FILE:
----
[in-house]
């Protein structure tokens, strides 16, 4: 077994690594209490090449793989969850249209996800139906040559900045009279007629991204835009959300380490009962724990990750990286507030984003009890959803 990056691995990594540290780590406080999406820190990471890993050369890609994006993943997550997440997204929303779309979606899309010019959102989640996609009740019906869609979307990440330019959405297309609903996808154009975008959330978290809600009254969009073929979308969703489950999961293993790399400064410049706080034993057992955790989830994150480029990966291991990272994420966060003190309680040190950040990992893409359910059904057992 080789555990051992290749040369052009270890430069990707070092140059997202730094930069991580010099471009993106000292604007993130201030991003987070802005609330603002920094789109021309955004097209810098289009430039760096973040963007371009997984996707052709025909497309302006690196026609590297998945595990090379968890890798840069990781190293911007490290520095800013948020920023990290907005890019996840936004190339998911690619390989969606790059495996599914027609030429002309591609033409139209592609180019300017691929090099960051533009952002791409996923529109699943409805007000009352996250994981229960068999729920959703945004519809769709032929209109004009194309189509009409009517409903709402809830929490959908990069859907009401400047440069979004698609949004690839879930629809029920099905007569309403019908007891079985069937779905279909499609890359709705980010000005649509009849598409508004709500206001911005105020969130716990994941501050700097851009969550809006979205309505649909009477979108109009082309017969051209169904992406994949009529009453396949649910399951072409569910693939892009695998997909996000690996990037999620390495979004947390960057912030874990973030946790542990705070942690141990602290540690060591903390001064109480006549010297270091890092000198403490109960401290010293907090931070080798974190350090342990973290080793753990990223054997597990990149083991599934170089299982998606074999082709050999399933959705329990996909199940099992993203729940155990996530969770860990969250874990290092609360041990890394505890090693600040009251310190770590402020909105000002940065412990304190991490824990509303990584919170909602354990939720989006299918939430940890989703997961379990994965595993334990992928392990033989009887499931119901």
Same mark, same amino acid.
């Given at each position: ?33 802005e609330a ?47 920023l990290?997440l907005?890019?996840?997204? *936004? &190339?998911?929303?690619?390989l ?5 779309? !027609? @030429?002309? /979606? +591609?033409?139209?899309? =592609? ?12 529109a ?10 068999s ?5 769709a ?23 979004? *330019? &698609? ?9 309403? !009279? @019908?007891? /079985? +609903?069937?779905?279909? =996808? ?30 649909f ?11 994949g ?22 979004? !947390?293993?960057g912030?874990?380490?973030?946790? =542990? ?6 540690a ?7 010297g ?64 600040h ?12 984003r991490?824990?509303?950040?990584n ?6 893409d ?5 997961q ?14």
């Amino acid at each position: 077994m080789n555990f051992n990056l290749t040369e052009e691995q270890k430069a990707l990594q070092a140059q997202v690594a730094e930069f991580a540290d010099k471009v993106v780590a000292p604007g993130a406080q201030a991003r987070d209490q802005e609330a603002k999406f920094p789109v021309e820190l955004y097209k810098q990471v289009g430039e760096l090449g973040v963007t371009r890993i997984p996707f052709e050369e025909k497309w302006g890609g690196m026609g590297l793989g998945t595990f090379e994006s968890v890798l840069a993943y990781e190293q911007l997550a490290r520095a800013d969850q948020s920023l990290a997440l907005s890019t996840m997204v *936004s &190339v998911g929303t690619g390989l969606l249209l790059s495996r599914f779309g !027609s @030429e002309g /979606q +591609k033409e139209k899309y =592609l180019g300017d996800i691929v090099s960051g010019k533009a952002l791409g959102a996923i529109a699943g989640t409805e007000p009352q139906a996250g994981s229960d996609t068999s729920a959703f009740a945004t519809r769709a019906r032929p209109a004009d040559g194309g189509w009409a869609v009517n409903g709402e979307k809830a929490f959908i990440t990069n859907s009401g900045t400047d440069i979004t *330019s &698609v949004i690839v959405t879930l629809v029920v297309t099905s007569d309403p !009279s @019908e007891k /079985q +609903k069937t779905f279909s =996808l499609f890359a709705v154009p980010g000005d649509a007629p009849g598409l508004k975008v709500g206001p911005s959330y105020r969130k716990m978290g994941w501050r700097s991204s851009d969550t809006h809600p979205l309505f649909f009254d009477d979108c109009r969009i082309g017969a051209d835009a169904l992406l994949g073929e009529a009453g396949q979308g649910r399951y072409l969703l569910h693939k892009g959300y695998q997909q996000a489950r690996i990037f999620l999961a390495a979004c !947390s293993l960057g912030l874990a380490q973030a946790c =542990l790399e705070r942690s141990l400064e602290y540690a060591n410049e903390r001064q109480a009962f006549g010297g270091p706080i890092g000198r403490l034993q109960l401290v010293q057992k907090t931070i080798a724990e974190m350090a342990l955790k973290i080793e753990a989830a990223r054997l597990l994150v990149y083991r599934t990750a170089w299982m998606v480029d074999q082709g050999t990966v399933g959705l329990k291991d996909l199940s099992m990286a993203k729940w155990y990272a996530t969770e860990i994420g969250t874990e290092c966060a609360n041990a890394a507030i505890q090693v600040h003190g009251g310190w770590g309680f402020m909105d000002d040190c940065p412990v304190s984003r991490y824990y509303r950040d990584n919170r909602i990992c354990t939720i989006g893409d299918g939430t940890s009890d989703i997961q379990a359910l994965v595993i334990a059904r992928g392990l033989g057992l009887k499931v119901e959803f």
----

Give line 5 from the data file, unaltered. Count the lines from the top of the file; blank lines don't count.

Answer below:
């Amino acid at each position: 077994m080789n555990f051992n990056l290749t040369e052009e691995q270890k430069a990707l990594q070092a140059q997202v690594a730094e930069f991580a540290d010099k471009v993106v780590a000292p604007g993130a406080q201030a991003r987070d209490q802005e609330a603002k999406f920094p789109v021309e820190l955004y097209k810098q990471v289009g430039e760096l090449g973040v963007t371009r890993i997984p996707f052709e050369e025909k497309w302006g890609g690196m026609g590297l793989g998945t595990f090379e994006s968890v890798l840069a993943y990781e190293q911007l997550a490290r520095a800013d969850q948020s920023l990290a997440l907005s890019t996840m997204v *936004s &190339v998911g929303t690619g390989l969606l249209l790059s495996r599914f779309g !027609s @030429e002309g /979606q +591609k033409e139209k899309y =592609l180019g300017d996800i691929v090099s960051g010019k533009a952002l791409g959102a996923i529109a699943g989640t409805e007000p009352q139906a996250g994981s229960d996609t068999s729920a959703f009740a945004t519809r769709a019906r032929p209109a004009d040559g194309g189509w009409a869609v009517n409903g709402e979307k809830a929490f959908i990440t990069n859907s009401g900045t400047d440069i979004t *330019s &698609v949004i690839v959405t879930l629809v029920v297309t099905s007569d309403p !009279s @019908e007891k /079985q +609903k069937t779905f279909s =996808l499609f890359a709705v154009p980010g000005d649509a007629p009849g598409l508004k975008v709500g206001p911005s959330y105020r969130k716990m978290g994941w501050r700097s991204s851009d969550t809006h809600p979205l309505f649909f009254d009477d979108c109009r969009i082309g017969a051209d835009a169904l992406l994949g073929e009529a009453g396949q979308g649910r399951y072409l969703l569910h693939k892009g959300y695998q997909q996000a489950r690996i990037f999620l999961a390495a979004c !947390s293993l960057g912030l874990a380490q973030a946790c =542990l790399e705070r942690s141990l400064e602290y540690a060591n410049e903390r001064q109480a009962f006549g010297g270091p706080i890092g000198r403490l034993q109960l401290v010293q057992k907090t931070i080798a724990e974190m350090a342990l955790k973290i080793e753990a989830a990223r054997l597990l994150v990149y083991r599934t990750a170089w299982m998606v480029d074999q082709g050999t990966v399933g959705l329990k291991d996909l199940s099992m990286a993203k729940w155990y990272a996530t969770e860990i994420g969250t874990e290092c966060a609360n041990a890394a507030i505890q090693v600040h003190g009251g310190w770590g309680f402020m909105d000002d040190c940065p412990v304190s984003r991490y824990y509303r950040d990584n919170r909602i990992c354990t939720i989006g893409d299918g939430t940890s009890d989703i997961q379990a359910l994965v595993i334990a059904r992928g392990l033989g057992l009887k499931v119901e959803f």